[00:21:20] PP: I remember very profoundly when I left DigitalOcean at the end of 2018, there were still Rails 3 apps around. And the reason they were around is because of the sheer volume of monkey patches. Right? It wasn't so much running a fork, just stuff was deeply coupled to Rails 3. And I mean three to four was a painful upgrade anyway, because of the params thing. Yeah. I mean, these companies did these internal forks and what they basically discovered is like, “We need to reconcile back to open source so that we can hire.” Right? And I mean, Eileen did an entire huge long talk about the GitHub Johnny from custom fork back to running cleanly on Rails…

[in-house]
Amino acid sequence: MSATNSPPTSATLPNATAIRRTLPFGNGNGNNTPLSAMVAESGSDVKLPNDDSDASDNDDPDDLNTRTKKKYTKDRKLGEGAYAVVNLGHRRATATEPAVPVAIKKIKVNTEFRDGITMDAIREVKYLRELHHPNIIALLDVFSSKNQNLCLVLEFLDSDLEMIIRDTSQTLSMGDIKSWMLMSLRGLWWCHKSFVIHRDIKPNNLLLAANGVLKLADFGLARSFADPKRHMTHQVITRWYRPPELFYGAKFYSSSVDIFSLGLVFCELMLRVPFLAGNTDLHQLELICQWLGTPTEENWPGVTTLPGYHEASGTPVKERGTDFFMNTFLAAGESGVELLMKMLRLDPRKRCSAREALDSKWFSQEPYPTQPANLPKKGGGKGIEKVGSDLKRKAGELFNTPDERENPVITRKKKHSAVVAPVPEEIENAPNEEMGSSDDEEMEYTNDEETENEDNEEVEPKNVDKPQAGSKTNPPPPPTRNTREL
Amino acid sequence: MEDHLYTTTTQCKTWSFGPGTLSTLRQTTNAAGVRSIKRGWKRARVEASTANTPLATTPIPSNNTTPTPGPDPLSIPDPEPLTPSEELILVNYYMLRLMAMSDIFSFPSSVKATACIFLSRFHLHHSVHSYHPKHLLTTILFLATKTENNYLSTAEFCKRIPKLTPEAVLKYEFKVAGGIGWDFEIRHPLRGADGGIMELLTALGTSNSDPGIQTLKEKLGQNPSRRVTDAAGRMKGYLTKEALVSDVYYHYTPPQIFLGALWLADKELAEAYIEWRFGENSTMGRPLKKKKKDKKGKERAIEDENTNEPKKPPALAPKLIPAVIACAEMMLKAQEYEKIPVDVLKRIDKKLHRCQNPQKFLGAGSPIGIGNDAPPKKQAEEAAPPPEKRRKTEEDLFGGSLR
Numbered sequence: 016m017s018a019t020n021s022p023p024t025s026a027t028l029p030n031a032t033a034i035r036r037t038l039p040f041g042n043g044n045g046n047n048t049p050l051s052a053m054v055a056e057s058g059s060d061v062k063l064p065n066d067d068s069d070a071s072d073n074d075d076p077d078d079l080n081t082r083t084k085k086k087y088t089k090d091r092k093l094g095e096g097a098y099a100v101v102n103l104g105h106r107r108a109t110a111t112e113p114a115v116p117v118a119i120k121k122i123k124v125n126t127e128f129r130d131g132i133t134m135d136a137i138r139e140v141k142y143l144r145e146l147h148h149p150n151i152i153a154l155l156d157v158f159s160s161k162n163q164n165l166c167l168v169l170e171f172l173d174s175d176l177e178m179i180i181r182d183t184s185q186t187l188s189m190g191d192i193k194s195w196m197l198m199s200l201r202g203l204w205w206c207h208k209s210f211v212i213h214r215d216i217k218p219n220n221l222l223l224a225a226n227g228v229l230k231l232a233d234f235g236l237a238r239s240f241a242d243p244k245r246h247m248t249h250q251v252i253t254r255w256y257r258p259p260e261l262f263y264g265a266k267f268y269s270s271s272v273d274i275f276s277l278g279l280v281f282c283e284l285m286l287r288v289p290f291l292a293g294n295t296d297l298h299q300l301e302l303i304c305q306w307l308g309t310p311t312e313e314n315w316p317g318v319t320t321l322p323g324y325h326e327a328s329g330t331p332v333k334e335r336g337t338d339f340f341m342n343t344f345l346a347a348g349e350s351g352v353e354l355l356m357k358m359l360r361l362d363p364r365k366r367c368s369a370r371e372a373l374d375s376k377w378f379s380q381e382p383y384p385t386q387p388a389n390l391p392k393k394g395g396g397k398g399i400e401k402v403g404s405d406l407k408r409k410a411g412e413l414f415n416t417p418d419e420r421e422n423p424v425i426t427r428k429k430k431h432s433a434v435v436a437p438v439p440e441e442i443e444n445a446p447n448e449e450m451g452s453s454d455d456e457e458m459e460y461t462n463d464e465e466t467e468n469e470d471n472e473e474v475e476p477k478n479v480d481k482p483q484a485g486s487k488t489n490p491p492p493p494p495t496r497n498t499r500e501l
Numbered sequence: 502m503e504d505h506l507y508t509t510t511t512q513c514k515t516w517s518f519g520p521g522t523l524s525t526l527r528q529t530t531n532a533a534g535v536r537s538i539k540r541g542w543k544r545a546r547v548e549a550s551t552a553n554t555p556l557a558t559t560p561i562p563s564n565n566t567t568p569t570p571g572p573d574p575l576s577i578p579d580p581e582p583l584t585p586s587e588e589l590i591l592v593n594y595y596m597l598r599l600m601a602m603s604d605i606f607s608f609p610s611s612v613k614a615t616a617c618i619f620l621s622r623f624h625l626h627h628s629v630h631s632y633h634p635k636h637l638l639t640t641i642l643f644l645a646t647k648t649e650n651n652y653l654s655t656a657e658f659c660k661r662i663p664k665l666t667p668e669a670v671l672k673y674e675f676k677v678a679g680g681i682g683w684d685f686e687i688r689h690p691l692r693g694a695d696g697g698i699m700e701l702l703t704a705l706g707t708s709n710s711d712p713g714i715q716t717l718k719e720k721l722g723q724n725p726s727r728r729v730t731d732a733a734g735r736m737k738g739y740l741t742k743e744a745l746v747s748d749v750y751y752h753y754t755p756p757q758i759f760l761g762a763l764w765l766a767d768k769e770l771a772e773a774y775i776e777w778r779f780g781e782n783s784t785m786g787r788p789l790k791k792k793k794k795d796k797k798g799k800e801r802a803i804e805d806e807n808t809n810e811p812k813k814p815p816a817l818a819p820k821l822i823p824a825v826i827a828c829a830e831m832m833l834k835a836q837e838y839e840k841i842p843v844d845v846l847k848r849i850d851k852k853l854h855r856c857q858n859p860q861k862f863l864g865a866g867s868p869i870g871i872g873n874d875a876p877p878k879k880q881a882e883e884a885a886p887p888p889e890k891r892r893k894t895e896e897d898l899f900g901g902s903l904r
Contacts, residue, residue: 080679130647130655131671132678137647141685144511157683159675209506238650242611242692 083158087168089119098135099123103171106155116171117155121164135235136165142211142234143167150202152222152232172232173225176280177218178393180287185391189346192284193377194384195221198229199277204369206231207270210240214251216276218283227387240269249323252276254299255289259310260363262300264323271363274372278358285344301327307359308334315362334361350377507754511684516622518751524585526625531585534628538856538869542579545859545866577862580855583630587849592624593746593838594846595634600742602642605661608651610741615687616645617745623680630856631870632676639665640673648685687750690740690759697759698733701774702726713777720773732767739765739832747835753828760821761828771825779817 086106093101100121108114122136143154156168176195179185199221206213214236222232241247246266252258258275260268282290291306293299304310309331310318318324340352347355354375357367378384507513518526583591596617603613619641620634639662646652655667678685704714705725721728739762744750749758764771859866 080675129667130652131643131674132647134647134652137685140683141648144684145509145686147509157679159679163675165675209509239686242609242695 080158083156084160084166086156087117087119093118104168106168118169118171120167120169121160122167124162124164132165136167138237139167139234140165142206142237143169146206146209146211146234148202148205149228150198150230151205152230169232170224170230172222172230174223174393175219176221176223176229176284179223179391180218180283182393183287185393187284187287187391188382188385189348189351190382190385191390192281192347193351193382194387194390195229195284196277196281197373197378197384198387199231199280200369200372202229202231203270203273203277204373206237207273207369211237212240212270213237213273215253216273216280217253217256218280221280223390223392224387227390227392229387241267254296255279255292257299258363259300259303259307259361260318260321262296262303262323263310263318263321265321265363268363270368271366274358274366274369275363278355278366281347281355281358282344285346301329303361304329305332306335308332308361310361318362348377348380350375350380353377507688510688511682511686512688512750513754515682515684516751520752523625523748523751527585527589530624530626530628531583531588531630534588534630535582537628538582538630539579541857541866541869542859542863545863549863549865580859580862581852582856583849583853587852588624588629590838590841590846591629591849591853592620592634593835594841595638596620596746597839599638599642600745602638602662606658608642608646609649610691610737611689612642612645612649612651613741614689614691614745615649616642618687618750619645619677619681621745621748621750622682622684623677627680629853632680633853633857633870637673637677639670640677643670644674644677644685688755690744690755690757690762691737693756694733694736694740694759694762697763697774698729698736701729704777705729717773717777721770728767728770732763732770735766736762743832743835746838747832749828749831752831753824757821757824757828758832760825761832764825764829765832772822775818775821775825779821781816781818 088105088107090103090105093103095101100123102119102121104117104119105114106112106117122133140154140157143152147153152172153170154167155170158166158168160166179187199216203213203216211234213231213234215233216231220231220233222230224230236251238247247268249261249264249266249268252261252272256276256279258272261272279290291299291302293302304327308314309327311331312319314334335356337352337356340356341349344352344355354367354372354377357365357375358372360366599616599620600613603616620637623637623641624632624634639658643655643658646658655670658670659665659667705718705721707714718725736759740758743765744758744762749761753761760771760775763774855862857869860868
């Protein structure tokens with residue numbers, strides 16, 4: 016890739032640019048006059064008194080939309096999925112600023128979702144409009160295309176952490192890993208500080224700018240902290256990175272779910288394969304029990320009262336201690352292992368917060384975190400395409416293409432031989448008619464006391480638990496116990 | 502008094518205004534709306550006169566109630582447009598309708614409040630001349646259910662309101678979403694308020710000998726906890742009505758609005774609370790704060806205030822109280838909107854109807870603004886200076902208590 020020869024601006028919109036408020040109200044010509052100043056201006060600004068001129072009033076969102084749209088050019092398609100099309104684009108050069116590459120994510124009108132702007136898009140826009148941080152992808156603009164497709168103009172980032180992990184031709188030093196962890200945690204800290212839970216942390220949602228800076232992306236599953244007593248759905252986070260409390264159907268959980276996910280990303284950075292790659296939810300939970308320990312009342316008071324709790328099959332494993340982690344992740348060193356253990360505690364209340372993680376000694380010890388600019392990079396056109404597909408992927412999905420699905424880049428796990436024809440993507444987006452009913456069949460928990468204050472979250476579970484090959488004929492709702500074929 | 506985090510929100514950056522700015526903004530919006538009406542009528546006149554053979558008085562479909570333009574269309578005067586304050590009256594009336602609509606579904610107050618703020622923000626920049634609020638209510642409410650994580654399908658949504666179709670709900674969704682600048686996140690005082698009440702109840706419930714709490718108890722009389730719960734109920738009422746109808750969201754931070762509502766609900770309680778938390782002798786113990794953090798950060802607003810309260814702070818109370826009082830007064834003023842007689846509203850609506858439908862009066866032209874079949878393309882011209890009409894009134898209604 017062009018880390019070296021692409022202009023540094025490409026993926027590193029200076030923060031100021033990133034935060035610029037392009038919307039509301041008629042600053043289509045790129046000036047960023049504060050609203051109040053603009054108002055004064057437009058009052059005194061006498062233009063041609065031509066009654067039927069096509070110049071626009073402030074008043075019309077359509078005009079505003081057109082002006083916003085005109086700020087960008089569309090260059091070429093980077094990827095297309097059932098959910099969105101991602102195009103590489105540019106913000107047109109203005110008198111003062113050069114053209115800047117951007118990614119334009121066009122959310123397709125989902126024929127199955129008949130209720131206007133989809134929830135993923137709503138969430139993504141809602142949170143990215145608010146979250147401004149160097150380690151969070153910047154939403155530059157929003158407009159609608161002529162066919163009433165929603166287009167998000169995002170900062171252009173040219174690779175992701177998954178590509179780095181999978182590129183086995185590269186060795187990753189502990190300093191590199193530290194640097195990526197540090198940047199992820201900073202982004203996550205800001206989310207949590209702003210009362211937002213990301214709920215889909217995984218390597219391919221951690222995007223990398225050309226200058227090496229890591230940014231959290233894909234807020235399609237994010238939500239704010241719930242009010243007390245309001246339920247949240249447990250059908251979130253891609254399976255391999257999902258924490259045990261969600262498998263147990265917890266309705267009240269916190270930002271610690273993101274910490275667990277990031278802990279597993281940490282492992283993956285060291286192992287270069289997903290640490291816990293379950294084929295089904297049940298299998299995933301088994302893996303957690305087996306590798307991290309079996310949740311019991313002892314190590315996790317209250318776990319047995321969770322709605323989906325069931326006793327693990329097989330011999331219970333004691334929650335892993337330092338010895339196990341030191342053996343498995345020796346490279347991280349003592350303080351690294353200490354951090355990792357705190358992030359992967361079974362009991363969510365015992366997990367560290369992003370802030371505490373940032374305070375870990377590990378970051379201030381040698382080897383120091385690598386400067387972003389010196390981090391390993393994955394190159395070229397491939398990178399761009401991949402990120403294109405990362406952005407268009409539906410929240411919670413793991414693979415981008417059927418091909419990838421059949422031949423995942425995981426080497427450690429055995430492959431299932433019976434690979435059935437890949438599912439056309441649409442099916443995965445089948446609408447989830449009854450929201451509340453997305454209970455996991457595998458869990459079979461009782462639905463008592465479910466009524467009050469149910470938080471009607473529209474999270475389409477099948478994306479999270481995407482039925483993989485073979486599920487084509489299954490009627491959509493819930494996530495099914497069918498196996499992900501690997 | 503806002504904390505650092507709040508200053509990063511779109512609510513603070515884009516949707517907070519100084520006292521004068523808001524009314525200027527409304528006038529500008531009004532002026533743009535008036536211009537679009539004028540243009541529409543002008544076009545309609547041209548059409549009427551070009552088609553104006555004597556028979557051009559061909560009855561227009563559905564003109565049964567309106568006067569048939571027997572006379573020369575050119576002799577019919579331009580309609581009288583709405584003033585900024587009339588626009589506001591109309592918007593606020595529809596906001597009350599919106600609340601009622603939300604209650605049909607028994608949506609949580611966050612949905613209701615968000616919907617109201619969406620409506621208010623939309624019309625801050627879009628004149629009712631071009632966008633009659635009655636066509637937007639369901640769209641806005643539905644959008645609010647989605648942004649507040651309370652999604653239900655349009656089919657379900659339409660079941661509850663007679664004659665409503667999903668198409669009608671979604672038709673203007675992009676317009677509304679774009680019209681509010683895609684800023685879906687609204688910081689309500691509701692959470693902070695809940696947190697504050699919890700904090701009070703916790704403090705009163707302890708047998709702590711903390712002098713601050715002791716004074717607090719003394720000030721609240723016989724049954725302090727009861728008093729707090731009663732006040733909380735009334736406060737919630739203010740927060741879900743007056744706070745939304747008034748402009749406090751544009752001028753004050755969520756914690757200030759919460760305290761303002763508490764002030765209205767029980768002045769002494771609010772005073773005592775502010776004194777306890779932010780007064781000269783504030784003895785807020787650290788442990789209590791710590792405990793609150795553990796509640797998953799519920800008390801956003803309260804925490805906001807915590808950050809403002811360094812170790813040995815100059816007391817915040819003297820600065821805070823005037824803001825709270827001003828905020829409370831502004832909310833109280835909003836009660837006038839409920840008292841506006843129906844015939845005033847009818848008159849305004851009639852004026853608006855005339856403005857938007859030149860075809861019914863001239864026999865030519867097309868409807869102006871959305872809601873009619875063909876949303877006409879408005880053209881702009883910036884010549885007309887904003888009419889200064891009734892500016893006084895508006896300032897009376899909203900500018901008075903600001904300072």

[00:22:22] BH: Was there a time in Rails 2, 3, 4, and so on where things were the survival and the popularity of the framework was substantially lower than we're talking about today? We're coming at this from a sense of pride and stability in the ecosystem. When do you two feel that was most in jeopardy?